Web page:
I was assuming from the wording of the original post that he/ she wants to get into the overtone series a little more comfortably. I was merely offering my (limited) experience on the topic by saying what helped me when I was in a similar position.
 

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Discussion Starter · #6 ·
I was assuming from the wording of the original post that he/ she wants to get into the overtone series a little more comfortably. I was merely offering my (limited) experience on the topic by saying what helped me when I was in a similar position.
I truly believe the overtone series to be an excellent way of developing tone as I know that my tone has benefited greatly by the practice of them. I also love the way that Brecker and Art Pepper uses them as an excellent tonal varient.

The goal is definitely to become more competent in playing the overtones. Altissimo is secondary, it was just interesting that I can play in the altissimo range quite comfortably but have a nice roadblock as far as overtones. I want to be able to improve that capacity.
 

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Playing regular notes is also a great way to improve your tone. But if alitissimo isn't your goal with learning overtones, then there you go... keep working on them then.
 

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Grumps, You should listen to Brecker. He was a master. If you saw him in person, you would walk away, saying _ How can one person be that good-- But he was. Also the nicest person you can would ever meet.
 

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Grumps, You should listen to Brecker. He was a master. If you saw him in person, you would walk away, saying _ How can one person be that good-- But he was. Also the nicest person you can would ever meet.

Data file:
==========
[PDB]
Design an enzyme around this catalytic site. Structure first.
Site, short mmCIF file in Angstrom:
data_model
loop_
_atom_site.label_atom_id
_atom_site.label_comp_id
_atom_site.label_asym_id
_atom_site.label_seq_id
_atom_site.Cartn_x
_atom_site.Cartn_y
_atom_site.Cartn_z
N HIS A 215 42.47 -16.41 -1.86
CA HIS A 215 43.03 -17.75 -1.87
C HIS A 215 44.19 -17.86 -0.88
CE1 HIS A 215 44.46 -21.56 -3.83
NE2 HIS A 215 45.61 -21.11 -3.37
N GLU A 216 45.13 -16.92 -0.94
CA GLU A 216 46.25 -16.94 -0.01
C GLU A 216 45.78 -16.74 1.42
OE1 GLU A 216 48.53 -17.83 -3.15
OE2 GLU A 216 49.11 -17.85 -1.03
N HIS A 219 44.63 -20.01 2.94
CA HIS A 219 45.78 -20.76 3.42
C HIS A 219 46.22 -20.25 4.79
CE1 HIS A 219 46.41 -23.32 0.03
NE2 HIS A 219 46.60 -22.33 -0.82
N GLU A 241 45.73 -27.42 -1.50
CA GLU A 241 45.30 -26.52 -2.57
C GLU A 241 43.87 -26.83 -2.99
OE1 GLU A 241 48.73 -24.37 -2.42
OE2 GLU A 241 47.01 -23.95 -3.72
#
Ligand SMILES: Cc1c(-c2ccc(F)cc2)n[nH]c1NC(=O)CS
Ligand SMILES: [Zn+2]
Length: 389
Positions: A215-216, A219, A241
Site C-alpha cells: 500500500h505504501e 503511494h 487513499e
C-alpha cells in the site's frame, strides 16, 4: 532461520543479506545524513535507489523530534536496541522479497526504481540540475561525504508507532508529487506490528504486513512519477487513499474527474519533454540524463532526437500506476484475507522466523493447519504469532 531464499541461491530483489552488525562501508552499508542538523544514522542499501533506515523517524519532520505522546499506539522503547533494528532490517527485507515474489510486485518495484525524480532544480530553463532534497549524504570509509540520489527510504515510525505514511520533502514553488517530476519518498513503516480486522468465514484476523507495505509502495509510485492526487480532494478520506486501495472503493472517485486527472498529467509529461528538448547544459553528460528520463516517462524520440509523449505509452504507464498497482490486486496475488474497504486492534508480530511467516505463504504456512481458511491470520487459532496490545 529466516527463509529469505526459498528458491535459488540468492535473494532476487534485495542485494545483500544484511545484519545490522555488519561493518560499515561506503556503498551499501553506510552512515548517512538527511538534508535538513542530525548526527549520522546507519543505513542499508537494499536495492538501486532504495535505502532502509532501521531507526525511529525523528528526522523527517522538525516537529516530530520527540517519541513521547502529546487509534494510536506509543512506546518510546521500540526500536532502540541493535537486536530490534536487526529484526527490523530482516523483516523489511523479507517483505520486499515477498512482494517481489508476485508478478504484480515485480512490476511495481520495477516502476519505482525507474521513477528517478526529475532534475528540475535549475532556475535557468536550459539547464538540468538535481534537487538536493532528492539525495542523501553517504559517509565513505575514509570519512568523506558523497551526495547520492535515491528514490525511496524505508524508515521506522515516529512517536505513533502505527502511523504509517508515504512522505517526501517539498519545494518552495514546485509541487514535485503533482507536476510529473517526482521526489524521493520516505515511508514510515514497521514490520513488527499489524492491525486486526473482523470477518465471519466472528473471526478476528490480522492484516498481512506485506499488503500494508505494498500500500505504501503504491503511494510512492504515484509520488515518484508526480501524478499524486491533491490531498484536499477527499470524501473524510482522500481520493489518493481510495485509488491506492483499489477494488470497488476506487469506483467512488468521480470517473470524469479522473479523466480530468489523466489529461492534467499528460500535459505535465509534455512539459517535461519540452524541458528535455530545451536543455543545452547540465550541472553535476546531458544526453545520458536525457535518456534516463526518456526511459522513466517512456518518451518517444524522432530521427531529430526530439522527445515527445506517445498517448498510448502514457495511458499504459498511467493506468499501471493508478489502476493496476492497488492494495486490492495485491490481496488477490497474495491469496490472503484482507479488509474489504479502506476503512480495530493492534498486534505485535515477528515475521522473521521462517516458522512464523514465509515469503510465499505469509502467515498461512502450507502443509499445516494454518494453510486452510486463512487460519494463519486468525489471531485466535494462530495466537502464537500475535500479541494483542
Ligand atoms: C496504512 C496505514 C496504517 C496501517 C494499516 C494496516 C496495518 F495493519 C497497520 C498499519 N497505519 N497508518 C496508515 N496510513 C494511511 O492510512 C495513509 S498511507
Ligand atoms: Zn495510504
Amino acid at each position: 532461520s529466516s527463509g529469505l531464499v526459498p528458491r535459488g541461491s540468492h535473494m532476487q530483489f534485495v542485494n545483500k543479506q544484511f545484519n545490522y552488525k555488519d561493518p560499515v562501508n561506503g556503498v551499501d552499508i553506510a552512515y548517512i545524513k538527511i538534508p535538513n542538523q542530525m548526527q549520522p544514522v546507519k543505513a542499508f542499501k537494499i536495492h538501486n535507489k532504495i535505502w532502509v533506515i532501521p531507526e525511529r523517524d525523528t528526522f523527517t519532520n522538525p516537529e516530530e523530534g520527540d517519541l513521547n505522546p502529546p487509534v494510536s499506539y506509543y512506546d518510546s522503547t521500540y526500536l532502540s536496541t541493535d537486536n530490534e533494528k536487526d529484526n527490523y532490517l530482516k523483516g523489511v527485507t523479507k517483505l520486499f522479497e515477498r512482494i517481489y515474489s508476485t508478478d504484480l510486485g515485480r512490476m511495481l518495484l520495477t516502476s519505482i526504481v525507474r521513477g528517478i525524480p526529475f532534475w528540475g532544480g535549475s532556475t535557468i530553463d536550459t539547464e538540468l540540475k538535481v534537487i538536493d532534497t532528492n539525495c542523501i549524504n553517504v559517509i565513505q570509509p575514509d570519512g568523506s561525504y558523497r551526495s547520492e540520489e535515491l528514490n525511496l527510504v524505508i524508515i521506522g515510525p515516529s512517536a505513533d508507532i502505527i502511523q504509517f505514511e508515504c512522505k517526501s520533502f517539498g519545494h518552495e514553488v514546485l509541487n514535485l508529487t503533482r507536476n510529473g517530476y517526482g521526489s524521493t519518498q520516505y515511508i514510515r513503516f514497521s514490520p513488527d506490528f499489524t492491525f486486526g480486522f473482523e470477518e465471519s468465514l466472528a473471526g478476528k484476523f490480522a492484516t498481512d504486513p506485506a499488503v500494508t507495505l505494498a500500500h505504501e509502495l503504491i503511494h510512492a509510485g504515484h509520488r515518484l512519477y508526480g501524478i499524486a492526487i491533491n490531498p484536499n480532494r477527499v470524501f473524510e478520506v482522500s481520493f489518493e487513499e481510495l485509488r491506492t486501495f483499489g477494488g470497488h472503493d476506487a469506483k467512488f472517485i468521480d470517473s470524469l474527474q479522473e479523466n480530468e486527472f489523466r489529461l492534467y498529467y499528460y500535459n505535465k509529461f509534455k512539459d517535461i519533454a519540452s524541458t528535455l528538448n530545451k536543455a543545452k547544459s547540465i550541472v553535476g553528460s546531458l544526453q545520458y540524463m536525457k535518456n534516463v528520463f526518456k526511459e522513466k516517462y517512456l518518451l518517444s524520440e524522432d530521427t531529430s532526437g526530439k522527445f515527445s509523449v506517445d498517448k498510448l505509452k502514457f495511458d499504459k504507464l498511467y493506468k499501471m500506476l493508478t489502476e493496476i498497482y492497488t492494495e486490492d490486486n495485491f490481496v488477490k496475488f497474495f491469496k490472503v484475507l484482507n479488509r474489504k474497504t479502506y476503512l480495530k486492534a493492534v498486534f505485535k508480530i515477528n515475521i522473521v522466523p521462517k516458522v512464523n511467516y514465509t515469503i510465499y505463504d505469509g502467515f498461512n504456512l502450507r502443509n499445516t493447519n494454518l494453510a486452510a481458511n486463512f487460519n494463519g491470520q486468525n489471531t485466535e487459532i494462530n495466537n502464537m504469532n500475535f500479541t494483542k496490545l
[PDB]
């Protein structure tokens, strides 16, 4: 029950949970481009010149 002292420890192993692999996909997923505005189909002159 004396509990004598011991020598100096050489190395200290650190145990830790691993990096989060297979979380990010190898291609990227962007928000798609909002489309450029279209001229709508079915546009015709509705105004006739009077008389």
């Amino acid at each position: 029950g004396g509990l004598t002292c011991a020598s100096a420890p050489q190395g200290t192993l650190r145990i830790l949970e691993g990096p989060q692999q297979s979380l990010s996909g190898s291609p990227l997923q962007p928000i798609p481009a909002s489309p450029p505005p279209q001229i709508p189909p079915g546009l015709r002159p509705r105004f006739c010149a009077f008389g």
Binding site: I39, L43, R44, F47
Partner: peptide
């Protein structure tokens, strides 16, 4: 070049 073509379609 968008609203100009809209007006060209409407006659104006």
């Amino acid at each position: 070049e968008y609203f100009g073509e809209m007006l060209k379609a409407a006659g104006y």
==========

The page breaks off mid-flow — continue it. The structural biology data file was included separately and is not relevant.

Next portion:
I wish I could have listened to him live.
 

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If the goal is to play altissimo, and you can do it confidently and competently... then why the heck waste time with overtones? Because certain folks say you need them? Though altissimo is used quite often these days, I don't think I've ever seen or heard an overtone concert. Use what works for you, and don't be worried about someone else's fundamentals.
Well, that would have been what I said, but Grumps beat me to it.
 

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Overtones are one of the measures of your ability to focus your vocal tract. The ability to focus your vocal tract helps determine your range, color of your sound, and your ability to get around on the horn. Not that it's the sole determining factor, but the vocal tract is your first method of control over your air stream and subsequently your saxophone playing. Ever hear someone play a note that sounds flat as can be, but is actually in tune? That flat/dead sound can be a result of an extremely unfocused vocal tract, and a focused vocal tract is more likely to produce a more vibrant/alive sounding tone. Long tones are another way of practicing focusing your vocal tract, but overtones require more focus overall. Great jazz and classical saxophonists and teachers have been toting this knowledge for years and years. I recently read a scientific study on saxophonists and their vocal tracts and how it all works. The study, which took measurements of the inside of player's mouths and vocal tracts, concluded that pro saxophonists who have the ability to play altissimo all focus their vocal tract on some level and most beginners don't focus their vocal tracts. Of course a good embouchure helps too!